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The interesting thing about these pencils is that there are specific variants available only in certain parts of the country (and, needless to say, seldom exported abroad). The prefecture of Saitama, northeast of Tokyo, is said to be a strong supporter of penmanship instruction; accordingly, Mitsubishi manufactures two deluxe versions of the Penmanship pencil, the Super DX 8B and the Fude-Enpitsu (Brush Pencil) 10B, for distribution in Saitama only. Even Tombow seems to have made some sort of special edition for Fukuoka. (These special editions don’t show up on official product pages.) I haven’t managed to figure out why these particular prefectures should be so enthusiastic about penmanship or how they got the pencil companies to cooperate, but in any case you really have to marvel at the kind of market that generates such specific demands and the manufacturers that oblige them.

The rest of the country makes do with regular Penmanship Pencils in 4B and 6B, hexagonal and triangular. The writing experience is enhanced with a plush writing mat that provides a sort of cushion underneath the paper. Specially ruled penmanship practice pads are also available. In other words, this is a highly specialized pencil dedicated to a very specific purpose, and I really don’t understand the reasoning behind the decision to bring this pencil to North America. Yes, it is a very well-made pencil, dark, smooth and break-resistant, but the culture or the script system that gave birth to it doesn’t travel. Here, it’s probably too dark for everyday writing and needlessly strong for drawing or sketching. If you happen to have this pencil, I recommend that you get hold of a Chinese-character primer and practice a few strokes. Then you’ll see what this guy can really do.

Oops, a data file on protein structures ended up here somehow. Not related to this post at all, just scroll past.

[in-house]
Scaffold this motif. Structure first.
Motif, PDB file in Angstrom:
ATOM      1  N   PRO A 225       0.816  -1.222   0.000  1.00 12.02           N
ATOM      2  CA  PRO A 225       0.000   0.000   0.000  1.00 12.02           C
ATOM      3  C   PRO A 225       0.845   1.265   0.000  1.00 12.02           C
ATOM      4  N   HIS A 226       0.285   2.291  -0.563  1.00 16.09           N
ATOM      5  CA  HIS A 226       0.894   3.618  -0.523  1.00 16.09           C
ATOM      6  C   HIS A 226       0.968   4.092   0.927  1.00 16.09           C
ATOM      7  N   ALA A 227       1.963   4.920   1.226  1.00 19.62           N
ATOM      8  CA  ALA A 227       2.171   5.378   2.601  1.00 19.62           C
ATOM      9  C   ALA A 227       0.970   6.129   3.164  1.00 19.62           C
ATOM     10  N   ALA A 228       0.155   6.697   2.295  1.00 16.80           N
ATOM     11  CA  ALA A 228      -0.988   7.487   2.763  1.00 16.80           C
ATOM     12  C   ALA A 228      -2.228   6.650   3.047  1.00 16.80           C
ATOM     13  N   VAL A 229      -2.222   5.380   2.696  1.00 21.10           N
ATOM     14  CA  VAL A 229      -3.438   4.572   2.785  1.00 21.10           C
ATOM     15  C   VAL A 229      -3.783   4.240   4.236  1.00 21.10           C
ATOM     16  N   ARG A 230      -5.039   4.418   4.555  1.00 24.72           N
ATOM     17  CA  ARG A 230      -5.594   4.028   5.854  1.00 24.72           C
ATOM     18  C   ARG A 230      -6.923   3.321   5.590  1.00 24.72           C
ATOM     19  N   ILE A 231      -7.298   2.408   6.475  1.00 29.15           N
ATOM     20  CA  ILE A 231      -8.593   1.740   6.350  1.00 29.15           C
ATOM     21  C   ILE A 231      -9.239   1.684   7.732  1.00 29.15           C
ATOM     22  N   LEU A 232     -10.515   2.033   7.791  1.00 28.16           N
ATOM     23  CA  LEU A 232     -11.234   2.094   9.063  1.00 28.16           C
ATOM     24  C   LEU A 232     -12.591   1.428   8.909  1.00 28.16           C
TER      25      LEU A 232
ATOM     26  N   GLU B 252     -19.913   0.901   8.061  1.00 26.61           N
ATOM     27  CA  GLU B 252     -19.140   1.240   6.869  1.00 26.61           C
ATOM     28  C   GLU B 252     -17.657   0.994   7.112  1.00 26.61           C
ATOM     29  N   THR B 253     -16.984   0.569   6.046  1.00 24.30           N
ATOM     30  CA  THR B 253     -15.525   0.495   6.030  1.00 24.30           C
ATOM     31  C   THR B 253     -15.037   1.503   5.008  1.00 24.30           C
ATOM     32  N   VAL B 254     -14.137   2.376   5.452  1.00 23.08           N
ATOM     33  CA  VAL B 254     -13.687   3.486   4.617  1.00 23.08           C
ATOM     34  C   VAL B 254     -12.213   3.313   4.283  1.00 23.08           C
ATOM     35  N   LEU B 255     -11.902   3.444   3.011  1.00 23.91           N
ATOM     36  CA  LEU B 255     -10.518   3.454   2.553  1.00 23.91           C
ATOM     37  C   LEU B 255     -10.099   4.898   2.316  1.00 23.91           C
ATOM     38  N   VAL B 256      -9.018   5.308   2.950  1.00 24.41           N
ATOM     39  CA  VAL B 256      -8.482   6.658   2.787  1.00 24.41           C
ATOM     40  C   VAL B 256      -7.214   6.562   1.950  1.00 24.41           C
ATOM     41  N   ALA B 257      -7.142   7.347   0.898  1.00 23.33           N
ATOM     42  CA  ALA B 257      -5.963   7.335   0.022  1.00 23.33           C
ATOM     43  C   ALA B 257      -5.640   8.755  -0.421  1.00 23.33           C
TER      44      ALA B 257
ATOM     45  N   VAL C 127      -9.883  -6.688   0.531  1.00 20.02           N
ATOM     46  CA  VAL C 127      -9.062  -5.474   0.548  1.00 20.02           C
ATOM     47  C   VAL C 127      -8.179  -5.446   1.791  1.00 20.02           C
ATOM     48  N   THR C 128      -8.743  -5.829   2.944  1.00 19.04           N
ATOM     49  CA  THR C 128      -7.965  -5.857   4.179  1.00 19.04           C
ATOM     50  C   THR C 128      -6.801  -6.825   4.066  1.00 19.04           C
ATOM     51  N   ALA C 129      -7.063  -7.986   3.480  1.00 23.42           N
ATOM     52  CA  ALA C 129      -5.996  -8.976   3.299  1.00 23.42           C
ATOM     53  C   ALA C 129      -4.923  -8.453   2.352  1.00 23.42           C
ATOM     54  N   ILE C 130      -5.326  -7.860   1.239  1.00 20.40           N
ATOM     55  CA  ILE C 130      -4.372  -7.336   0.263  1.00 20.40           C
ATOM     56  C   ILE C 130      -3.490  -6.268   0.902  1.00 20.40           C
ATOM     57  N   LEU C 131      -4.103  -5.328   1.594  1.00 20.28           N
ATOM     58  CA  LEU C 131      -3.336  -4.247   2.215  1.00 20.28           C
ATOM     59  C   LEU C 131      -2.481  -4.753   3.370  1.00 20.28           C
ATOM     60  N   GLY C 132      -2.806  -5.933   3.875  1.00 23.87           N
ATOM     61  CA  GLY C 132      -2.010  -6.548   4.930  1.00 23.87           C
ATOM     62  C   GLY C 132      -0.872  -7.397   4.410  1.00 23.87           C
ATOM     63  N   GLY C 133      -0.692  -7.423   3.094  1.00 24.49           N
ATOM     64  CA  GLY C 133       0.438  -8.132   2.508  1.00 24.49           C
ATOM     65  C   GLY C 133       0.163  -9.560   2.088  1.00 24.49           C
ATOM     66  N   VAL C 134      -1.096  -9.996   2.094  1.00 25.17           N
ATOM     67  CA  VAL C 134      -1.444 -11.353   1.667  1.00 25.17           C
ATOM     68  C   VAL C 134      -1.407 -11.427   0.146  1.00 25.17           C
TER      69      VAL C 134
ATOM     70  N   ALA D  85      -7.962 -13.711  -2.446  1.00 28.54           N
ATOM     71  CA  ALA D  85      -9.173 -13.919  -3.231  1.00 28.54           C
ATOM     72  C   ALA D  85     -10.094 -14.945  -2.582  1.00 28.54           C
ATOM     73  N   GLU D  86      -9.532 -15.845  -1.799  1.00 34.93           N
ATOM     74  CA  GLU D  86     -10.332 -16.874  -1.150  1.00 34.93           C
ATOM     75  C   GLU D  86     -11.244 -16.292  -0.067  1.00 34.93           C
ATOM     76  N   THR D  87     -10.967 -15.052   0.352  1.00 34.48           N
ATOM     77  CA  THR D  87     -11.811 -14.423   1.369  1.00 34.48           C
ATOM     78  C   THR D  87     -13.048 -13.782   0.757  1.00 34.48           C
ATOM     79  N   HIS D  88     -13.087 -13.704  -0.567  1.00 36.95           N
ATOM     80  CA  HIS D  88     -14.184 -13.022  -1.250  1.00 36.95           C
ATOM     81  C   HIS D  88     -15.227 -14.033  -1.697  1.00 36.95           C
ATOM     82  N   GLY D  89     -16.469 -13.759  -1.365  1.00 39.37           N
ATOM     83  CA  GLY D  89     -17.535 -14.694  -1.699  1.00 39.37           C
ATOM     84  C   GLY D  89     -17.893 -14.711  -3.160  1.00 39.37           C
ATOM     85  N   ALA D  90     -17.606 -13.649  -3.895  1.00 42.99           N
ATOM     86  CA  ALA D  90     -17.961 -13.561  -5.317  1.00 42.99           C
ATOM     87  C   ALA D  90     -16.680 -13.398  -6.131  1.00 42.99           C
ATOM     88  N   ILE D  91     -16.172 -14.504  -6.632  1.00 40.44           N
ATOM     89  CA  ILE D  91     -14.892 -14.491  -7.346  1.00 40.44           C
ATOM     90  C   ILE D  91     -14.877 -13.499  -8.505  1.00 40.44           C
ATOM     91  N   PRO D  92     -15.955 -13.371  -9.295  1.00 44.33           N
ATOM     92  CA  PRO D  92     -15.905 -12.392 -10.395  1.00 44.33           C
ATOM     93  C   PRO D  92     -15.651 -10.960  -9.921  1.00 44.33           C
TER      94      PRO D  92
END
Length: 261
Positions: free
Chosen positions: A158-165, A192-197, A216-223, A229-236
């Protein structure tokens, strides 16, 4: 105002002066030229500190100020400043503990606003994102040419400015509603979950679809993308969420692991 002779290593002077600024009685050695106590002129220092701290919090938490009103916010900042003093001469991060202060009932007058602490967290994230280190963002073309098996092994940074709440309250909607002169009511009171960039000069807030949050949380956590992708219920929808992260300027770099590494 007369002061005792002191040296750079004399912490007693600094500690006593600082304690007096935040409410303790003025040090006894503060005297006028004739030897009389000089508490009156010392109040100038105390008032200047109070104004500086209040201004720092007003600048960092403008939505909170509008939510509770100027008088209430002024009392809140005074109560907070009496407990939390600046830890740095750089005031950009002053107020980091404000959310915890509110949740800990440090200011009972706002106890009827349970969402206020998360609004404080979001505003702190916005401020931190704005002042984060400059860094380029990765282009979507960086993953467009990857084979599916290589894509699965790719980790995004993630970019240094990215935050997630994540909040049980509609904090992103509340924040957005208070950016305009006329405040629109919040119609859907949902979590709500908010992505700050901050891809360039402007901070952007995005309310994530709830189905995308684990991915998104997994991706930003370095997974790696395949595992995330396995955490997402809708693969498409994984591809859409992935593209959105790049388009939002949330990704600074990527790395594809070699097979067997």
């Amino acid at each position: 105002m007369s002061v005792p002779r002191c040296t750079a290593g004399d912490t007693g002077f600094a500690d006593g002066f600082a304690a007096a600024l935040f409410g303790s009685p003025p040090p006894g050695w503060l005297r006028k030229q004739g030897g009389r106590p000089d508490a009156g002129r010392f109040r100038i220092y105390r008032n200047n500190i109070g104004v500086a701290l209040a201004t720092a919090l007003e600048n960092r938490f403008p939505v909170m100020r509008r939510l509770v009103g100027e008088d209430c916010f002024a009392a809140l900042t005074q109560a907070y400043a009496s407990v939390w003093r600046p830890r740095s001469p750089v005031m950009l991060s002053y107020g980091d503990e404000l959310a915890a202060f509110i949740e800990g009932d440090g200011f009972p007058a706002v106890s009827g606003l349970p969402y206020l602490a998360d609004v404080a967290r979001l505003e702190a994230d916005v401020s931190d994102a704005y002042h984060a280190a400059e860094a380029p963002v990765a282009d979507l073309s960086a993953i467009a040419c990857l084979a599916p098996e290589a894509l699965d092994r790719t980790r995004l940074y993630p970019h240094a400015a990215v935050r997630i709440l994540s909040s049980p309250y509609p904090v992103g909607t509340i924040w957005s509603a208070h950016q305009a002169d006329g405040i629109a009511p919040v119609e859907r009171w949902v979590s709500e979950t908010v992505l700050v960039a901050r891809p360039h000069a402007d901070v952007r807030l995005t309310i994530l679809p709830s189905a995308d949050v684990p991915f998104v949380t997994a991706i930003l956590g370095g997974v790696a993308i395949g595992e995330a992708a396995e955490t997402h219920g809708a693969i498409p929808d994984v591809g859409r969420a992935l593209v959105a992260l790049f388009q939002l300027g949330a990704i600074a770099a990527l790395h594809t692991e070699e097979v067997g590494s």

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18 thoughts on “Mitsubishi Uni Penmanship Pencils

  1. Sola, this is rare insight, wonderful and fascinating. At least there is one country left in the world that values its unique culture and traditions. The same domestic market exclusivity also obtains in the Japanese watch industry, but without this connection to a vital historic art form. I would note for your readers that JetPens has begun selling the Mitsubishi Fude-Enpitsu brush pencil at the eye-watering price of $7.50 per pencil, but the 8B Super-DX remains unobtainable at American retail. Specialty pencils made in Japan are the pencils I covet, so it is thrilling for the Western pencil fancier to learn that Tombow “have made some sort of special edition for Fukuoka”. News like this, that Tombow too has its own version of Mitsu’s penmanship pencil is why I love reading your blog ( one more pencil to dream of acquiring! ). It is a distinct pleasure to learn about Japanese pencil culture.